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Rakuten buys Taiwan baseball team, will officially run it next year

2019/09/19 16:00:07

Taipei, Sept. 19 (CNA) Japan-based e-commerce giant Rakuten has reached an agreement with the current owner of Taiwan's professional baseball team the Lamigo Monkeys to start running the six-time local pro-league champions next year, the two sides announced Thursday.

Monkeys General Manager Justin Liu (劉玠廷) said at a press conference that the mother company of the Taoyuan-based team, La New International Corp., has agreed to sell all of its share in running the team to Rakuten.

Through the purchase, Rakuten is scheduled to officially enter Taiwan's Chinese Professional Baseball League (CPBL) next year, making the Tokyo-based company the first foreign company to own a CPBL team since its founding in 1990.

Neither side, however, disclosed the exact amount of the deal.

Despite the transfer of ownership, Liu said, the Japanese side has promised that it will keep all the current administrative staff of the Monkeys and that the team will continue to be based in the northern city.

"Ever since we announced July 3 that the team was up for sale, we have been in close contact with the Japanese company," Liu went on.

He ultimately agreed to the deal because the Japanese company, which offers a wide range of services including e-commerce, fintech, digital content and communications, has pledged to help the Taoyuan-based team and the CPBL as a whole to develop to the next level.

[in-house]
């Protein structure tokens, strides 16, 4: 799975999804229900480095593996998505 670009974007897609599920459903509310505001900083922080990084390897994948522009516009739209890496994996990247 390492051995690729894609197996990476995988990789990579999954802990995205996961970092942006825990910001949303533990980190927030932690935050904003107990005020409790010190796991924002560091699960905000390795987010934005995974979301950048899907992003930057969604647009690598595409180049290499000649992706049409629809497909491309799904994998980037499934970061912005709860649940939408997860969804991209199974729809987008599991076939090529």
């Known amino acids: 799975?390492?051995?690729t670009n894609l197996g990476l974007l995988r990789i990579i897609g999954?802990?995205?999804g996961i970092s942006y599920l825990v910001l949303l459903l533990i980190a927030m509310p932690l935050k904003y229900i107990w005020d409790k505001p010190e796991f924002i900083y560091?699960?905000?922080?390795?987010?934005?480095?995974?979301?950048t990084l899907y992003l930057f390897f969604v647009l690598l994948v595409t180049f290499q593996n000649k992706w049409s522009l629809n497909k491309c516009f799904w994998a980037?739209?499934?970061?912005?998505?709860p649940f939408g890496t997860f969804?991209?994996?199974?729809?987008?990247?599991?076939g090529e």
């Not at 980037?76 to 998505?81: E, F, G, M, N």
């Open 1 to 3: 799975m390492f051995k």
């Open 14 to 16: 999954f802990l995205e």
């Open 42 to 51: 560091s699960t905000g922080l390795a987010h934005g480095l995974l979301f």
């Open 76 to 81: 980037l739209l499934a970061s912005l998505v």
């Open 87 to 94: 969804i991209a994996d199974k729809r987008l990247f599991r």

Liu said his company will hold a series of farewell games to mark the last season of the Monkeys' under its ownership after the ongoing 30th CPBL season concludes next month.

The press event was also attended by two Rakuten representatives -- its Asia headquarters CEO Takashi Watanabe and Yoshinori Kawada of Japanese pro baseball team the Tohoku Rakuten Golden Eagles -- which is also owned by the group.

Watanabe told reporters that his company hopes that purchasing the team will help Taiwanese customers become more familiar with Rakuten, which has been operating its Taiwan branch since 2008.

Kawada, meanwhile, said the company, which has being running the Golden Eagles for more than a decade, aims to share the experience with the Monkeys and to Taiwan pro-baseball as a whole.

Although the company will continue to run the team from its Taoyuan base, Watanabe said the new owner will change the team's name, which will be announced later.

Meanwhile, CPBL Commissioner John Wu (吳志揚), who also attended Thursday's press event, said the transfer of ownership will still have to be approved by CPBL board members and the league's other four teams.

Rakuten also operates Japan's biggest Internet bank and has run the Golden Eagles since its formation in 2005.

The Sendai City, Miyagi Prefecture-based team won its first and so far only Japan Series Championship in 2013.

The Monkeys has been on sale since July after the current owner said it could no longer afford the financial cost of running the team.

Liu previously disclosed that over the past 16 years, La New has spent NT$100 million (US$3.20 million) annually on the team, a huge burden for a relatively small company.

In contrast, the owners of the four other CPBL teams are some of the biggest companies in Taiwan.

Known for the successful management of its home stadium in Taoyuan, the Monkeys is the most popular team in the CPBL, with the highest average attendance last year -- more than 6,000 per game.

The team has also won six CPBL championships and qualified for this year's playoffs after winning the first half-season title June 25.

(By Joseph Yeh)
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